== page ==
James Madison, who is known as the “Father of the Constitution” wrote the following in the Federalist Papers, No. 46:
“[The Constitution preserves] the advantage of being armed which Americans possess over the people of almost every other nation…[where] the governments are afraid to trust the people with arms.”
Of course, some people believe that the Second Amendment only protects the “militia” when it comes to gun ownership. This just begs the question: who are the militia? The Second Amendment itself is clear: “the people” is the group who have their rights protected. The militia are the people, of course.
But don’t take my word for it. After all, we’re after the original intent and now the original meaning of the Second Amendment. Let’s see what the founders said about the “militia” and who it is comprised of.
Founding Father Quotes on the Definition of “Militia”
John Adams wrote in “A Defence of the Constitutions of the United States” that the right to keep and bear arms was an individual right, but that military action had to be sanctioned by the laws, of course — not just any “revolution” would be legal, of course. He explains explicitly:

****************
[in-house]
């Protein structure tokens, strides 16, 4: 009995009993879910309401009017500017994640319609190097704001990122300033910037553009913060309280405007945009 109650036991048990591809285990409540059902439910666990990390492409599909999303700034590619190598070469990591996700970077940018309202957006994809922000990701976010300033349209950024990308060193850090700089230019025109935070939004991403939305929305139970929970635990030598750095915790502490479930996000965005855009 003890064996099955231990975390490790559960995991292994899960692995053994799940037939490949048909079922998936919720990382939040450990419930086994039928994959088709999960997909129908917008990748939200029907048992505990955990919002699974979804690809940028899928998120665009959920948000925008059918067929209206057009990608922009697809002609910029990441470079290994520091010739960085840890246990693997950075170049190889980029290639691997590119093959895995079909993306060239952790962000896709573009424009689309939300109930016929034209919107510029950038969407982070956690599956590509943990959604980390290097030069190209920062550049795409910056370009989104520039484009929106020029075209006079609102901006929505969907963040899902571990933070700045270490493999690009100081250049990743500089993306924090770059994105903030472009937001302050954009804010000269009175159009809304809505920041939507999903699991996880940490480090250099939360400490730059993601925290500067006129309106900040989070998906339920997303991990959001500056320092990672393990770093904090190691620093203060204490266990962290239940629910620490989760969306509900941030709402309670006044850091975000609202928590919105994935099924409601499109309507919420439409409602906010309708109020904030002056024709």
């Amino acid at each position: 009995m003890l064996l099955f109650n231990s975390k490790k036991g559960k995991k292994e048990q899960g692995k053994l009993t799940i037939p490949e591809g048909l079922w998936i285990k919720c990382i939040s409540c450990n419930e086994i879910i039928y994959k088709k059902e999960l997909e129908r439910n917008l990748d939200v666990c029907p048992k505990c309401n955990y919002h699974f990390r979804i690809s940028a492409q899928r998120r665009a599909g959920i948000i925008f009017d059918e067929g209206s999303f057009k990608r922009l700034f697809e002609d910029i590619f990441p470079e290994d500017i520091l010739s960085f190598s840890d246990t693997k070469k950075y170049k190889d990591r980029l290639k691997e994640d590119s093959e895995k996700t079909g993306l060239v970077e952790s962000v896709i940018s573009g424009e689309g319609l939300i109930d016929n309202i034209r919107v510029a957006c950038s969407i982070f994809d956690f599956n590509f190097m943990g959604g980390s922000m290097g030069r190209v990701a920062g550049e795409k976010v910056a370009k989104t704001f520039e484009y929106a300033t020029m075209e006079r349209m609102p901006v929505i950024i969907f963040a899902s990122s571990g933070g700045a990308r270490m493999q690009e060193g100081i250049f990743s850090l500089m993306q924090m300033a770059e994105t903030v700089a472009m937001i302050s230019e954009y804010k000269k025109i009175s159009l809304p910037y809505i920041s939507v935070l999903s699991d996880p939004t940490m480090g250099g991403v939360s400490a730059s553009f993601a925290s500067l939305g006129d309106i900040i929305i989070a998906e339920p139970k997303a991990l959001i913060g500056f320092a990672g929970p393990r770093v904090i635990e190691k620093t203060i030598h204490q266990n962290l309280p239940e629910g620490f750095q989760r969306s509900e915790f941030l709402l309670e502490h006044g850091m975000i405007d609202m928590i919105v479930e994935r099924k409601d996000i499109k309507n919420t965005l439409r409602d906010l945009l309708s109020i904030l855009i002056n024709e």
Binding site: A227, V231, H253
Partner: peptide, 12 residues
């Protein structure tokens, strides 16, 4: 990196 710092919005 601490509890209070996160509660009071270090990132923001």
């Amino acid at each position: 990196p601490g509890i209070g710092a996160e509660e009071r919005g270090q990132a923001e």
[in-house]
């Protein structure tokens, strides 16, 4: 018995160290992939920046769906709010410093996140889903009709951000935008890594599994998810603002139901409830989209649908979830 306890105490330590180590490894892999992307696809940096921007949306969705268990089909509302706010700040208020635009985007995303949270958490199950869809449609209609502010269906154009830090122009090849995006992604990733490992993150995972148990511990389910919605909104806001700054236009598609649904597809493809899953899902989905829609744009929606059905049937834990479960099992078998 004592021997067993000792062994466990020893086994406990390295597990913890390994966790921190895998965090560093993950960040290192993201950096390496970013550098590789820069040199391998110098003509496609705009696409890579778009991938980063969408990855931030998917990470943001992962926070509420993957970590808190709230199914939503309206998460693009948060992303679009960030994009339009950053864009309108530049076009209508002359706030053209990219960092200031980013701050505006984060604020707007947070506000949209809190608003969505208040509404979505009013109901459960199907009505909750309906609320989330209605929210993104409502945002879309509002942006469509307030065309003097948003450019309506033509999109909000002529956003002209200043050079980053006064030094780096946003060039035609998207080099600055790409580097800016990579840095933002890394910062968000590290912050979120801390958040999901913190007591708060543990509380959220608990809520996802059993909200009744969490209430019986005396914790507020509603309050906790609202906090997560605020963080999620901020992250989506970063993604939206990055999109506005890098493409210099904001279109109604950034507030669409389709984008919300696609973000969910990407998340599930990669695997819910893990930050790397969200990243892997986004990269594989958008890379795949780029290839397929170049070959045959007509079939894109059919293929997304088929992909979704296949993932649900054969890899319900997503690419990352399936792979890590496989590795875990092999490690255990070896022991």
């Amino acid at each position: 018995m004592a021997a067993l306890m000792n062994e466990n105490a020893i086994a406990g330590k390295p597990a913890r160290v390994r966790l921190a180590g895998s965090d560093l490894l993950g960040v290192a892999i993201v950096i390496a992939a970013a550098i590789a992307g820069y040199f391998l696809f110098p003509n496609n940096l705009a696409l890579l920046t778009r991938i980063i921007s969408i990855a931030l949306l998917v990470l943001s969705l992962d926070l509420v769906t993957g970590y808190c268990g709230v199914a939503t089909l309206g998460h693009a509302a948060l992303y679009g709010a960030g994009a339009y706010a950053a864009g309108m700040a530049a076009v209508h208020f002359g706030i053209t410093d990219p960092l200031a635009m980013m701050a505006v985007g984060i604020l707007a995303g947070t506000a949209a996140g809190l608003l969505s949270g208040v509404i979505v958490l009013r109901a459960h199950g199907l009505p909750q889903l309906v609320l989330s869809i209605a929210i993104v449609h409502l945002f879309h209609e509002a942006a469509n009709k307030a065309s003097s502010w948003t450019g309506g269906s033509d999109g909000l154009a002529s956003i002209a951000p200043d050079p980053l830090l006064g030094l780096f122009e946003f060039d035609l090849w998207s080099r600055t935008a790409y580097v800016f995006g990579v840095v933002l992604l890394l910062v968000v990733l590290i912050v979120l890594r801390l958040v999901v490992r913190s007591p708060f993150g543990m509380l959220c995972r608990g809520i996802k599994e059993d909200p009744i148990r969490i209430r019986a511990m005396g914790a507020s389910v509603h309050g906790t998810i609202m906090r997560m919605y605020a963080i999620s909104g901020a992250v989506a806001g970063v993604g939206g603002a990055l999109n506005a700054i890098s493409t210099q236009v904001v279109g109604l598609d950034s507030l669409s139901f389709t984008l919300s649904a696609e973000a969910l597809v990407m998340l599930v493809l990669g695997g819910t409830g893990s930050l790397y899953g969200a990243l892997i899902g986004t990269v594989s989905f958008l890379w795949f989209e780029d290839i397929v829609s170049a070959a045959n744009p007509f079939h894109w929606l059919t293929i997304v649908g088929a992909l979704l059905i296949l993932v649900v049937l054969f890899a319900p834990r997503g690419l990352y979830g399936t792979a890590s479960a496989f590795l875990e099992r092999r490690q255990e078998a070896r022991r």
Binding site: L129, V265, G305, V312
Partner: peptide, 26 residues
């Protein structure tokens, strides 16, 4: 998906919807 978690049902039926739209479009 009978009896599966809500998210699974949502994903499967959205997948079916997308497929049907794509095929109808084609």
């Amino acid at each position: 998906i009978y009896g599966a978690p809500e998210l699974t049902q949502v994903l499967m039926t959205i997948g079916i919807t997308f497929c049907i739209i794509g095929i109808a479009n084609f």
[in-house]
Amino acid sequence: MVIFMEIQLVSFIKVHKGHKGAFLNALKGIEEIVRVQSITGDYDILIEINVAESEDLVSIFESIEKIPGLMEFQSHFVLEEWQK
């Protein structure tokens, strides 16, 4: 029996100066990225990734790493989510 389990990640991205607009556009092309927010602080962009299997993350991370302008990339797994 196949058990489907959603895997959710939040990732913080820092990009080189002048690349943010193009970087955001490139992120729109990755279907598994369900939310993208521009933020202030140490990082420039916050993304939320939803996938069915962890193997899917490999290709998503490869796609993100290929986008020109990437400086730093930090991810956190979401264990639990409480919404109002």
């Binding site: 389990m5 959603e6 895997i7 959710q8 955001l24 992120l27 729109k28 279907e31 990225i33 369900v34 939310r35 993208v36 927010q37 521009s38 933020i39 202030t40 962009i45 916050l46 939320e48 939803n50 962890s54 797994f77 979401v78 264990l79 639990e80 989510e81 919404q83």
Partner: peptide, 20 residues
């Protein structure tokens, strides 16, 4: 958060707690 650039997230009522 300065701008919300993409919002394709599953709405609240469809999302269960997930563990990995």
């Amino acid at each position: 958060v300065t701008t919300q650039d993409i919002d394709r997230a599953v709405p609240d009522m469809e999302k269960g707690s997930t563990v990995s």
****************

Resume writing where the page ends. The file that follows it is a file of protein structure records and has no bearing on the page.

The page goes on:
To suppose arms in the hands of citizens, to be used at individual discretion, except in private self-defense, or by partial orders of towns, countries or districts of a state, is to demolish every constitution, and lay the laws prostrate, so that liberty can be enjoyed by no man; it is a dissolution of the government. The fundamental law of the militia is, that it be created, directed and commanded by the laws, and ever for the support of the laws.”
This is a limit on the militia — not a limit on gun ownership itself. In other words, you have the right to own firearms, but not to just shot anyone you want or start a coup because you’re restless. This is just common sense, and even the most radical pro-gun thinkers would agree with such a limit. Your right to shoot guns ends where the property of others begins — that’s just how it works.